If you are taking payments online, via a virtual terminal portal, then it is essential that the same checks and balances are in place, as if you were physically processing the transaction on the card machine. Typically, users access a virtual terminal via a networked device, and an internet router, which unfortunately is the most vulnerable type of connection. It is essential that any card payments taken virtually are isolated from other activities, and completed on a standalone networked device exclusively for this purpose. This means:

  • there is a single device responsible for taking the transactions, isolated from all other activities. That means no email, internet surfing, or software which might be vulnerable to viruses and attract issues such as keystroke loggers for example
  • the router and lines are setup so that any payment transactions are handled completely separately from all other internet based activities. This helps prevent someone breaching your network and then using this vulnerability to capture your customers’ card details
  • full security updates, always, so that the router and the device are never out of date.

Don’t forget your phones

It is common for businesses to record phone conversations for “monitoring and training purposes”, but doing so while taking card details is a breach of PCI compliance. If you have call recording, then you must have the capability to turn off recording during a phone call, and training to ensure that all your staff know how to do this, and do do this, always. Having a recording of your client’s card details is an offence, even if it is only temporary and deleted immediately.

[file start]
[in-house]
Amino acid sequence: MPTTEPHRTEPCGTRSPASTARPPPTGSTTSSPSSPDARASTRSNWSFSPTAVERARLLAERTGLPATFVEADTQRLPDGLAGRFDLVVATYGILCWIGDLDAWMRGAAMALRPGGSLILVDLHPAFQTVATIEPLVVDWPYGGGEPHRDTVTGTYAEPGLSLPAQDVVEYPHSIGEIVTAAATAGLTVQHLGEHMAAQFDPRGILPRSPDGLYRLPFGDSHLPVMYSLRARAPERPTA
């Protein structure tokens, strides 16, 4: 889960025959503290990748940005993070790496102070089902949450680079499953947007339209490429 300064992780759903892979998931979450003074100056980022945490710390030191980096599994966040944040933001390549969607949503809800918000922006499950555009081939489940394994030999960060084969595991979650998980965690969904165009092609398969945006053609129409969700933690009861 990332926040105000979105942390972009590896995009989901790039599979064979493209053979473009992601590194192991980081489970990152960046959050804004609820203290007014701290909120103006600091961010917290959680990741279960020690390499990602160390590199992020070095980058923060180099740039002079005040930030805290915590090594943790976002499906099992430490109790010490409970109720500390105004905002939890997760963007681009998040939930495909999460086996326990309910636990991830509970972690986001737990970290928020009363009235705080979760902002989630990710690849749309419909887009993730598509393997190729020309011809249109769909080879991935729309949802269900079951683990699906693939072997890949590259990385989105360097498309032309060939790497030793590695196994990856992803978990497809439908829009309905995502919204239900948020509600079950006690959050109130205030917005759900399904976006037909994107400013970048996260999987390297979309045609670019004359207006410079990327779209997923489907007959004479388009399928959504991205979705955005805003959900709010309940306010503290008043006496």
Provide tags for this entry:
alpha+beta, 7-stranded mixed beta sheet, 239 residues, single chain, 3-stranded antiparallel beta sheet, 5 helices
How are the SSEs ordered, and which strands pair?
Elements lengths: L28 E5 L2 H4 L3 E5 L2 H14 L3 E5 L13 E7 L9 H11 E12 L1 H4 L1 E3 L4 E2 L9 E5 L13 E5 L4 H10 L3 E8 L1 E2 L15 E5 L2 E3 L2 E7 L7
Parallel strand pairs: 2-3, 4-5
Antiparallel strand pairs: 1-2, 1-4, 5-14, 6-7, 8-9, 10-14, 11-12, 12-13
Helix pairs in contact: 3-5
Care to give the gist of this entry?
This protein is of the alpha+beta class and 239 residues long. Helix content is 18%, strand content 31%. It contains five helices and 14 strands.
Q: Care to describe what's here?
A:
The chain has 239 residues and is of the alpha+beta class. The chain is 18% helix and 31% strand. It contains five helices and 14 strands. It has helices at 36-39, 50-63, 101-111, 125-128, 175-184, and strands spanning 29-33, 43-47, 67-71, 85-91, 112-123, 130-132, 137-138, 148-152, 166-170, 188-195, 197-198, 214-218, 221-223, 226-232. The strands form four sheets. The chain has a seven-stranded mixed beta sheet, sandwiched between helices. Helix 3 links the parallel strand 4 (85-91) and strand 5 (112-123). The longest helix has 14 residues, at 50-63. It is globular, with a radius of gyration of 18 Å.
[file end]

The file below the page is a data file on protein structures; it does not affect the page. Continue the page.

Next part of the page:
Or your people

While it is not technically a part of your telecoms and IT infrastructure, your system users are often your weakest link. Make sure that you train your teams appropriately to follow the systems put in place, so that your security measures aren’t circumvented, and also provide each user with their own unique login ID to track what they are doing. It is also essential to ensure they’re not moving the data offline either – writing it down is a big no-no, even if it seems quicker at the time.

For stored card data

There may be instances where your business has a requirement to store card details on behalf of a client and this comes with its own challenges. The storage itself must be compliant, but the transfer of the data to and from that storage must also be robust and secure via your network infrastructure.


PCI DSS compliance is all about the process of responsibility, management and due diligence to ensure that any financial transaction cannot be intercepted during or after the transaction occurs, and your customer’s details cannot be compromised. Often, businesses are concerned about the capital expense and management of separate devices, but non-compliance can attract fines between £3,000 and £60,000 depending on the scale and severity of the breach. What’s more, there is a reputational cost to not protecting your client’s data, particularly when the steps to do so are quite straightforward.

One final tip: don’t forget to check your supplier’s compliance to, to ensure that the data is secure once it has left your system and direct responsibility. It may not be your fault if there is a breach outside your network, but we doubt that your customers will see it that way!